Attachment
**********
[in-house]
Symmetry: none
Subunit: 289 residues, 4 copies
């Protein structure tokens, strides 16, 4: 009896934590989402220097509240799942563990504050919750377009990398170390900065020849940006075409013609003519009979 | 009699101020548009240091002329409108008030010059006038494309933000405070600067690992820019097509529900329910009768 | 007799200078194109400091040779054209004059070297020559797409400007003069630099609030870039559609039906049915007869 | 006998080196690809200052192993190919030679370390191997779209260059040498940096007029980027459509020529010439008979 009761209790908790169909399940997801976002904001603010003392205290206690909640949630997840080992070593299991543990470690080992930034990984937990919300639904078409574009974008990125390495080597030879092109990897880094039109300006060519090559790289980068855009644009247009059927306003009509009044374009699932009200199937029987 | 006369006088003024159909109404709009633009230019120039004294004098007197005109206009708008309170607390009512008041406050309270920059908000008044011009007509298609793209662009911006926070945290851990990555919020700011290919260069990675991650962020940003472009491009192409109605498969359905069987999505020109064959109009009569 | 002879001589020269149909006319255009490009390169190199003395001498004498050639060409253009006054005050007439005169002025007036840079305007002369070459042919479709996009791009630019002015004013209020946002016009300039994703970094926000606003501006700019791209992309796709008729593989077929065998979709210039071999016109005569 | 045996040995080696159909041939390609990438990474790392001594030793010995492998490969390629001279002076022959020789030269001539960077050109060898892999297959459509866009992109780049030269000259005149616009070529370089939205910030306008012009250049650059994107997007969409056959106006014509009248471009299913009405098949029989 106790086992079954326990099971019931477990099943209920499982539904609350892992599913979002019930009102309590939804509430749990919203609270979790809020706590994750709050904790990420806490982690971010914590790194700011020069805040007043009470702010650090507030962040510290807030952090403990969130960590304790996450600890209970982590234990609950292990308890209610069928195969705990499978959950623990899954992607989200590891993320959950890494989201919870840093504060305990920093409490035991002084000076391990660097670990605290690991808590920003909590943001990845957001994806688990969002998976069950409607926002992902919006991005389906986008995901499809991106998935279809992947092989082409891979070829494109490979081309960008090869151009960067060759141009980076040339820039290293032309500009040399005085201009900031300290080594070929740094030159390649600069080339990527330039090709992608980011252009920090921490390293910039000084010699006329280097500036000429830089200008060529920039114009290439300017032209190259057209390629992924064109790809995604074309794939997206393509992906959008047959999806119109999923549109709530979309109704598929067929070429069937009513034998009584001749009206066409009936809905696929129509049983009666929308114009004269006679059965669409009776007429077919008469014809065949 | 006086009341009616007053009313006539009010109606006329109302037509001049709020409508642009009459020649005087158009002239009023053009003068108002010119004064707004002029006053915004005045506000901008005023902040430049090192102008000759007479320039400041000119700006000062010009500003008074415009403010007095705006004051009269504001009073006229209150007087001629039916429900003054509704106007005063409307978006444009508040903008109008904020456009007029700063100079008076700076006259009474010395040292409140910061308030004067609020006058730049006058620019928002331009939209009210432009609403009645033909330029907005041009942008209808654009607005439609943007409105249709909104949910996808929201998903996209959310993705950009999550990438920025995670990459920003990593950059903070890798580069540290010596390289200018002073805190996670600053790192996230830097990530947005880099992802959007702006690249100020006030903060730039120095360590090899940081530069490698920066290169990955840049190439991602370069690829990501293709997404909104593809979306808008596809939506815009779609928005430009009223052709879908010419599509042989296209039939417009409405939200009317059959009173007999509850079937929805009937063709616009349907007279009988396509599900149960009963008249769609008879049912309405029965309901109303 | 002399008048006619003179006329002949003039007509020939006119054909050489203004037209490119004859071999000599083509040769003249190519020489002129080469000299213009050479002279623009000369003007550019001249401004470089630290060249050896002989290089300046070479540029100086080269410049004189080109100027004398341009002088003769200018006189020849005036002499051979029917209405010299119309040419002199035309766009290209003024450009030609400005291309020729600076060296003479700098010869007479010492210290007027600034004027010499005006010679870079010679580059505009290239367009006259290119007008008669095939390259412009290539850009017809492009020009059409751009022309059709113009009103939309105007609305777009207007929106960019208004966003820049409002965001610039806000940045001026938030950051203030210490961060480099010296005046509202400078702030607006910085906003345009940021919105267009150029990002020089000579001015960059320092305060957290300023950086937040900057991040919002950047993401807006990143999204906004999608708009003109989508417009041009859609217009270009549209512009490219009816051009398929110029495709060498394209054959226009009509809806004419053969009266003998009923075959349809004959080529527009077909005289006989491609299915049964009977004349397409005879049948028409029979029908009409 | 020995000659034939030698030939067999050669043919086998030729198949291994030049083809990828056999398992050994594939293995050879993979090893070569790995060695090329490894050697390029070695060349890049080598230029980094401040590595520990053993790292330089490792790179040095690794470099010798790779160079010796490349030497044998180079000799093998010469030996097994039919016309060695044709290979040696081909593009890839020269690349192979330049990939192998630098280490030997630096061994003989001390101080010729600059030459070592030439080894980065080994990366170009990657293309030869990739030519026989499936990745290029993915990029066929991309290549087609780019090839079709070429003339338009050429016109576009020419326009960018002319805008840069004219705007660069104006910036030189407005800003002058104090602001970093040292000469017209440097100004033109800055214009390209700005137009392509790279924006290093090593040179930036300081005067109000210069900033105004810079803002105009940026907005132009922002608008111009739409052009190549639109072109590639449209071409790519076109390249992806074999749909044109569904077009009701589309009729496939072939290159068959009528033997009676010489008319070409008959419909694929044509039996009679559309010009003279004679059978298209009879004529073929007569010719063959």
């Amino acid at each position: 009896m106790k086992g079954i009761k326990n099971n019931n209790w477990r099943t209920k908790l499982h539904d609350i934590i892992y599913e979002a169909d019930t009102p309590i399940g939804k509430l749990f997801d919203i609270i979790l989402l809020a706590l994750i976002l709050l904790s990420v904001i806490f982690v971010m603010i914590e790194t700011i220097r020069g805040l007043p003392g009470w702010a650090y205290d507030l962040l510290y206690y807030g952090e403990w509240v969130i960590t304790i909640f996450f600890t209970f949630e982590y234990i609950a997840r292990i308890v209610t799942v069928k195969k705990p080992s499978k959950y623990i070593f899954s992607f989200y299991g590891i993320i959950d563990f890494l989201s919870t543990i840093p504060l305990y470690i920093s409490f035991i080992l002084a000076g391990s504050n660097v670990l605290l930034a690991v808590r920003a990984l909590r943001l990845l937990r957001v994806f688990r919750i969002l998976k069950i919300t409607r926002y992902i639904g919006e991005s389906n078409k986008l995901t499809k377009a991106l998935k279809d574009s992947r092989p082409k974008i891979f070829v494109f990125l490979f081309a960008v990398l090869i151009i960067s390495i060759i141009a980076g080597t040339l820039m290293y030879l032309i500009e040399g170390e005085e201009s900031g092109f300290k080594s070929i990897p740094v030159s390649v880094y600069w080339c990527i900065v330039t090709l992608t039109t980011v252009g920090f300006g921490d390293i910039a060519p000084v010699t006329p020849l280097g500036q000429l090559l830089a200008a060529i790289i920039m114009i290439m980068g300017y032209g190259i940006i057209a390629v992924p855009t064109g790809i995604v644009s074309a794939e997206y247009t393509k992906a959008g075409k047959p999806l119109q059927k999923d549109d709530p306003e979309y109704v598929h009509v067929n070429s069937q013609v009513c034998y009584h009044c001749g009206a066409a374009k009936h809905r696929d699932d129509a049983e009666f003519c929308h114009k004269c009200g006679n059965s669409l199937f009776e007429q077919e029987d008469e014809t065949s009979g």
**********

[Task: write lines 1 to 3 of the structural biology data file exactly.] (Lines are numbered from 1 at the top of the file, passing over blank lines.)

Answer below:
[in-house]
Symmetry: none
Subunit: 289 residues, 4 copies